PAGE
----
Jacoby Shaddix (lead vocals), Jerry Horton (guitars, backing vocals), Tobin Esperance (bass, backing vocals), and drummer Tony Palermo are a touring machine, and alongside touring member Anthony Esperance (rhythm guitar, keyboard, percussion) they know exactly what they are doing on stage and ensure the audience are along for the ride.

Help may be more melodic in places, yet it still has a huge anthem like chorus and a drummer who sounds like he is going to beat through the kit, he is hitting it that hard. They have a really heavy bottom end, and this provides the foundation for them to be melodic over the top. The crowd were already going nuts, singing along with everything and Jacoby said he could not believe this was happening on a Tuesday. He then split the crowd in readiness, and when they launched into Blood Brothers the mosh was well and truly on and from this they segued into Dead Cell, two songs from the classic Infest, back-to-back.

In memory of Keith Flynn, they gave us a blasting version of Firestarter (I do wonder if they know this was the last venue he played before he died), and the crowd went nuts, and rightly so. Before the next number Jacoby said he wanted an old-school circle pit going, like it was 1989 all over again, and then they launched into the Ramones influenced (we even had some “Hey Ho’s”) To Be Loved. We were then told to understand how life is hard, and we all fight the struggle, but we are never alone, and Jacoby asked for lighters to be held up, and we were into Scars, a slower and poignant song about a horrendous night suffered by the lead singer which changed his life.

This rock ballad is one of the band’s biggest-ever songs, and very different to the rest of the set, and coming in halfway made perfect sense as it allowed people up front to recover somewhat and check their bruises. The audience were more than happy to provide vocals when the band stopped, and there was a real feeling of oneness, with lighting which also assisted in bringing everyone together. They may be a punk band, but Papa Roach have a real understanding of how to build a set and provide contrast.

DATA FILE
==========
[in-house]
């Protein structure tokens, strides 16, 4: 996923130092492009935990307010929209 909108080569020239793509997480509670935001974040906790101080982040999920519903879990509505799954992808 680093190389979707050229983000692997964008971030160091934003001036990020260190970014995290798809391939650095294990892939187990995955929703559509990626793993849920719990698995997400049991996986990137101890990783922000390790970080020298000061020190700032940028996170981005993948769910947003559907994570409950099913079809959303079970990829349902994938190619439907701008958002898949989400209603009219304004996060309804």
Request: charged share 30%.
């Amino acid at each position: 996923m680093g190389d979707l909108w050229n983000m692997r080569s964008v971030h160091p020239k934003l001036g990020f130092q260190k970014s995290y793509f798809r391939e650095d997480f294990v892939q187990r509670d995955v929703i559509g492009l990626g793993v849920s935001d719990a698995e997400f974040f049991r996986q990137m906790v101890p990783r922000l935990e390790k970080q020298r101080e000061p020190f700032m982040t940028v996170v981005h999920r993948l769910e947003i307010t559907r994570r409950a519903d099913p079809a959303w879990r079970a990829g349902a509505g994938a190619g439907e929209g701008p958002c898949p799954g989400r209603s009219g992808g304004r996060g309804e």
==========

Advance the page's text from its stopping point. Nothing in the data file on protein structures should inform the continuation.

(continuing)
I could already see why these guys have such a live following as they are a truly great band in this setting. Tribal drums led us into Forever, which is another that is much slower and sedate, packed full of drama and angst which builds into an anthem.

No Apologies is one which has sections which are just the rhythm section, others where it blasts, always with the vocals and drums front and centre. While None of the Above also starts quite slowly, this is another with a blasting chorus, and verses which veer towards melodic rap at times, showing yet another side of the band as they went into Still Dre, but then brought the guitars back to play with Swerve. The way they keep moving in and out of styles is infectious, one never knows what they are going to do next, yet there is purpose to everything with hints of nu-metal here, punk there, rap in another, all coming together with powering drums and a frontman who is in total control.

Jacoby was having a blast, getting the crowd to repeat a variety of noises, and then the drums kicked in once again (with Anthony also joining in the fun to provide extra heart), the guitars riffed, and we were into Born For Greatness, which even includes some Dub with a massive groove. The crowd had by now been bouncing for nearly four hours, on and off, but showed no sign whatsoever of slowing down as this is music which demands to be moved to.

Old School Shit was shouted out, and then we were into Between Angels and Insects which immediately got shouts of recognition and everyone joined in on the words as the guitars riffed yet again. It ended with delicate bass, and the stage in total darkness. What was going on? Had they finished? Would there be any more? Okay, I’m kidding, we all know there is no way they can leave without playing that song, and suddenly a spotlight shone on Jacoby as he sang the words “Cut my life into pieces, this is my last resort”, and we were off for one last ride with the audience and band as one.

We were even invited to sing along to “We Will Rock You” during the drum section, which was a nice touch. That really was the end, three great live bands on a Tuesday night in Auckland. I am already wondering when Papa Roach are coming back as that was some show tonight.